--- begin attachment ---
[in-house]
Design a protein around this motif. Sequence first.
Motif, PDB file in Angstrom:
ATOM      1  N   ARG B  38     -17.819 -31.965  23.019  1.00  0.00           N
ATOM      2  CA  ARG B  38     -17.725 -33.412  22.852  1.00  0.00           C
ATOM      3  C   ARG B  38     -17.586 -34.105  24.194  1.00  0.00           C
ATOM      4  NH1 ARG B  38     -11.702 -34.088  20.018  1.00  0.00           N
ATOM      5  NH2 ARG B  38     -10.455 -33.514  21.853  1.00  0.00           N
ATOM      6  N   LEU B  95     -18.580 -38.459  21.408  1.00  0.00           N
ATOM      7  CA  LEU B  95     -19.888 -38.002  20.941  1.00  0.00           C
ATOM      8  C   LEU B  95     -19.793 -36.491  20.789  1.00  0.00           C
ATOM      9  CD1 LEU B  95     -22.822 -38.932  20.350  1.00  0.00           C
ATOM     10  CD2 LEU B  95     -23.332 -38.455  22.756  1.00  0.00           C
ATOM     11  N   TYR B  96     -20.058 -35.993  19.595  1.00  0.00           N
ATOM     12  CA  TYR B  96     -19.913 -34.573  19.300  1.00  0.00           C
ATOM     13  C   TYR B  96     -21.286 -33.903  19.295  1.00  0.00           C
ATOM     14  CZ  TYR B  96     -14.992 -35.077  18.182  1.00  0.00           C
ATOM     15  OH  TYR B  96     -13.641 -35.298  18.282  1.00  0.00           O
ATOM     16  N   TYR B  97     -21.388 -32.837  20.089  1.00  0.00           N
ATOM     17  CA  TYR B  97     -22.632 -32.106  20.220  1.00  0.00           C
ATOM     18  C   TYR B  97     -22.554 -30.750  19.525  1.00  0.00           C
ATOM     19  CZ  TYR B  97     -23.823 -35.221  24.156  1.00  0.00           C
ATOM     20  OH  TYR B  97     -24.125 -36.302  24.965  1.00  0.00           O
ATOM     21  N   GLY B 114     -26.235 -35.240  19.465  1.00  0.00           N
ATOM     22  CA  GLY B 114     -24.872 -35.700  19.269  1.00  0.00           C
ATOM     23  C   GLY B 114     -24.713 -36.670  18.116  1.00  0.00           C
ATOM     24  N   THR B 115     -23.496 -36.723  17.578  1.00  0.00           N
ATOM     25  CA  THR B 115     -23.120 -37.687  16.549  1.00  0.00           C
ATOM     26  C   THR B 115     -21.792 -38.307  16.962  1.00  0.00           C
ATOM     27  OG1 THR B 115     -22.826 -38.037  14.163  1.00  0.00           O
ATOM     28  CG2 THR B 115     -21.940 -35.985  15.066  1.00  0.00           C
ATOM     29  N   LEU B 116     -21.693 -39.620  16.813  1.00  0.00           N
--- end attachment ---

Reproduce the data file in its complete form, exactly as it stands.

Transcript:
[in-house]
Design a protein around this motif. Sequence first.
Motif, PDB file in Angstrom:
ATOM      1  N   ARG B  38     -17.819 -31.965  23.019  1.00  0.00           N
ATOM      2  CA  ARG B  38     -17.725 -33.412  22.852  1.00  0.00           C
ATOM      3  C   ARG B  38     -17.586 -34.105  24.194  1.00  0.00           C
ATOM      4  NH1 ARG B  38     -11.702 -34.088  20.018  1.00  0.00           N
ATOM      5  NH2 ARG B  38     -10.455 -33.514  21.853  1.00  0.00           N
ATOM      6  N   LEU B  95     -18.580 -38.459  21.408  1.00  0.00           N
ATOM      7  CA  LEU B  95     -19.888 -38.002  20.941  1.00  0.00           C
ATOM      8  C   LEU B  95     -19.793 -36.491  20.789  1.00  0.00           C
ATOM      9  CD1 LEU B  95     -22.822 -38.932  20.350  1.00  0.00           C
ATOM     10  CD2 LEU B  95     -23.332 -38.455  22.756  1.00  0.00           C
ATOM     11  N   TYR B  96     -20.058 -35.993  19.595  1.00  0.00           N
ATOM     12  CA  TYR B  96     -19.913 -34.573  19.300  1.00  0.00           C
ATOM     13  C   TYR B  96     -21.286 -33.903  19.295  1.00  0.00           C
ATOM     14  CZ  TYR B  96     -14.992 -35.077  18.182  1.00  0.00           C
ATOM     15  OH  TYR B  96     -13.641 -35.298  18.282  1.00  0.00           O
ATOM     16  N   TYR B  97     -21.388 -32.837  20.089  1.00  0.00           N
ATOM     17  CA  TYR B  97     -22.632 -32.106  20.220  1.00  0.00           C
ATOM     18  C   TYR B  97     -22.554 -30.750  19.525  1.00  0.00           C
ATOM     19  CZ  TYR B  97     -23.823 -35.221  24.156  1.00  0.00           C
ATOM     20  OH  TYR B  97     -24.125 -36.302  24.965  1.00  0.00           O
ATOM     21  N   GLY B 114     -26.235 -35.240  19.465  1.00  0.00           N
ATOM     22  CA  GLY B 114     -24.872 -35.700  19.269  1.00  0.00           C
ATOM     23  C   GLY B 114     -24.713 -36.670  18.116  1.00  0.00           C
ATOM     24  N   THR B 115     -23.496 -36.723  17.578  1.00  0.00           N
ATOM     25  CA  THR B 115     -23.120 -37.687  16.549  1.00  0.00           C
ATOM     26  C   THR B 115     -21.792 -38.307  16.962  1.00  0.00           C
ATOM     27  OG1 THR B 115     -22.826 -38.037  14.163  1.00  0.00           O
ATOM     28  CG2 THR B 115     -21.940 -35.985  15.066  1.00  0.00           C
ATOM     29  N   LEU B 116     -21.693 -39.620  16.813  1.00  0.00           N